David Hennessy chats to Barrie Keeffe, the playwright who writes plays for “people who wouldn’t be seen dead in the theatre”
Writing since the 1970s, Barrie Keeffe is well known for producing plays such as The Long Good Friday and Sus, both of which have been turned into films. My Girl 2, a modern reworking of his 1989 original, is currently being performed at the Old Red Lion Theatre in London.
The story focuses on Sam and Anita, a struggling couple. This new version updates their struggle from Thatcher’s Britain to the present day: “It’s a whole new version of it now, it’s dealing with the same thing trying to cope financially under another conservative government and it’s about how to keep your love alive.”
The playwright thinks the prevalence of bookmakers and pay day loan shops in a country that is only just emerging out of recession is significant: “The enemy of the whole thing is the payday loans companies who are causing havoc in so many people’s lives. It’s one of the curses of our times.
“The hero of the play is a social worker trying very much to keep other people’s lives on the straight and narrow and improve their lives while his own one falls into absolute havoc.”
Sam is played by Alexander Neal while Emily Plumtree plays his partner Anita. Alexander has already acted in Barrie’s work, taking a lead role in Sus for which he was nominated for an Off West End award: “I was very taken by him then, he’s got a real presence. Emily took my eye at the the National (where she acted in Strange Interlude). People always ask: ‘Why do you write plays, to change the world?’ I want to write wonderful parts for wonderful actors to play.”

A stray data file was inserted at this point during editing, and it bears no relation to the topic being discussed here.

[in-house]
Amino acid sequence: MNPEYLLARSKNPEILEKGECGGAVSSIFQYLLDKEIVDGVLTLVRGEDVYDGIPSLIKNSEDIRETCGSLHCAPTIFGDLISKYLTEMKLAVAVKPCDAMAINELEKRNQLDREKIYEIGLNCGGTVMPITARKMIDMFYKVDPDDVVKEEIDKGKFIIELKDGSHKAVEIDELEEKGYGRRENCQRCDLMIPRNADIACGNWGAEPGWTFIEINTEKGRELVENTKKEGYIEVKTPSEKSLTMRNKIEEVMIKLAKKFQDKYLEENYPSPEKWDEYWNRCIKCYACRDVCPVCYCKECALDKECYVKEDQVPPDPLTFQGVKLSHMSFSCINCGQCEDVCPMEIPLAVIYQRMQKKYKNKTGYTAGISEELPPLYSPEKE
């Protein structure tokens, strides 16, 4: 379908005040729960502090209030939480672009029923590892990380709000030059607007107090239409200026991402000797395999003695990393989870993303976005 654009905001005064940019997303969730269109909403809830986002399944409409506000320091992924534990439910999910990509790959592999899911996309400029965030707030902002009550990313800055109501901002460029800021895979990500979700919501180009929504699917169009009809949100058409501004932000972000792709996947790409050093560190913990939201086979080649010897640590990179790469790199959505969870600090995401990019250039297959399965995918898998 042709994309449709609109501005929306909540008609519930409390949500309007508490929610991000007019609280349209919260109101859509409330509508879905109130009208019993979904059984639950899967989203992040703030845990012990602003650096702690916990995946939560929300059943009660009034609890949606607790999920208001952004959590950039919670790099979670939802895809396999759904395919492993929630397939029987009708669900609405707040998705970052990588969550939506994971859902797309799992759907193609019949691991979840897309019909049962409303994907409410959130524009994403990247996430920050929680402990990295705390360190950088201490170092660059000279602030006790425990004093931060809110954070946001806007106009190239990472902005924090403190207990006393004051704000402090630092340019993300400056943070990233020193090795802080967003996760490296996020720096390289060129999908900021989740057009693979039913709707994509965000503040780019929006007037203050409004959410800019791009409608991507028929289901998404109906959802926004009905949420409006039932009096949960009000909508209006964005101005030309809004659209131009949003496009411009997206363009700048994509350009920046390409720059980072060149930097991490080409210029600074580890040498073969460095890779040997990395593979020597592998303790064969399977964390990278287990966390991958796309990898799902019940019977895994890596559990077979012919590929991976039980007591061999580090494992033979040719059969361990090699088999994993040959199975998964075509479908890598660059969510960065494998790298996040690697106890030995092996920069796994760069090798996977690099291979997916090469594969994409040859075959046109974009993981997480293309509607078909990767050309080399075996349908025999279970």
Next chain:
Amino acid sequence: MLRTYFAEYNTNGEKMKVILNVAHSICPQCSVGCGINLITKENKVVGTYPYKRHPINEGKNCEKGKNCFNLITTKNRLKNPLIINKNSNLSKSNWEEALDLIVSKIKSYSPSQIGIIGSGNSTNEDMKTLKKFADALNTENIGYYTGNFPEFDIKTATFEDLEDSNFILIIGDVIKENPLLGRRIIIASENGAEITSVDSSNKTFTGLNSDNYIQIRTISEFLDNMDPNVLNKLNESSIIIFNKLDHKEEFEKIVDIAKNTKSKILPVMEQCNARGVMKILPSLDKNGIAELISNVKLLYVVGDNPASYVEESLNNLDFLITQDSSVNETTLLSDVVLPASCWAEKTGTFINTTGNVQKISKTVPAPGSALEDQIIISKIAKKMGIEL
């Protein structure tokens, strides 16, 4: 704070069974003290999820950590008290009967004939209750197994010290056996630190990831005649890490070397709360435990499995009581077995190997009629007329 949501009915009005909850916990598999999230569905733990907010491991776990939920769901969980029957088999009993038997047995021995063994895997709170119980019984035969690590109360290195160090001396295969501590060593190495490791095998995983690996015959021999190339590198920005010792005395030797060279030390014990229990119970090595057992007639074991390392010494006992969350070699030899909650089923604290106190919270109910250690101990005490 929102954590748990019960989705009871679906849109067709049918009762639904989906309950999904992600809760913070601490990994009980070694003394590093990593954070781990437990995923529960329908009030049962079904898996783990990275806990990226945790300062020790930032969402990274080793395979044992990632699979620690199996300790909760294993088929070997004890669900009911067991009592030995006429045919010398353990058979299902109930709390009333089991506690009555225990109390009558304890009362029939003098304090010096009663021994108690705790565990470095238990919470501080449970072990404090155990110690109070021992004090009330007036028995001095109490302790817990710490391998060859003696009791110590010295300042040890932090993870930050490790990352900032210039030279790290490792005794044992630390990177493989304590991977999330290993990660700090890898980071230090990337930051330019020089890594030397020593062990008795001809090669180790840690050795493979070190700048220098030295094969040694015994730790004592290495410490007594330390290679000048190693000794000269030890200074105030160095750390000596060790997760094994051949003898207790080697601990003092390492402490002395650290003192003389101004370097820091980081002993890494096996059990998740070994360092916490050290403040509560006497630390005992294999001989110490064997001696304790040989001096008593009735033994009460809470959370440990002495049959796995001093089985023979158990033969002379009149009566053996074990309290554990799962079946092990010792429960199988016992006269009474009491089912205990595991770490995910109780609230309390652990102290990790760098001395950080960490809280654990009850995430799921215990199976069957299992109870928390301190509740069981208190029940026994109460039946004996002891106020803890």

Sus sees a black man being detained by racist policemen on the night of the general election. Like many of Keeffe’s work, it has roots in what he witnessed as a journalist: “I used to be a journalist for the local paper back in the 60s and I remember a black guy coming into the office a very broken man. He had been interrogated all night by the police. His wife had died, had an ectopic pregnancy as it turned out, and they thought they had tried to perform an illegal abortion and tried to break him that night. When the report came in from the hospital in the morning, he was told he could go but the guy was absolutely broken.
“I was always haunted by that story but I couldn’t see it as a drama until the night Thatcher came to power and in 1979 I suddenly realised everything was going to change. She always promised the police a 40% pay increase. I think if you’re going to pay that to police, you’re going to be able to use them.
“There was this foreboding that something awful was going to happen. That was the spark for that play.
“There’s a quote of mine that keeps coming up: ‘I write plays for people who wouldn’t be seen dead in the theatre’. My agent when he saw that quote said: ‘Barrie, you’ve ruined your career, no one in the theatre will ever touch you again’. Sus played in the theatres to a few hundred people but there was a Rock against Racism thing in 1979 and I think about 20,000 people saw it. A journalist who had mocked me for one of the tiny houses at one of the plays he’d seen, he said ‘a better audience you’ve got today’, and I said: ‘Yeah, I write plays for people who wouldn’t be seen dead in the theatre’.”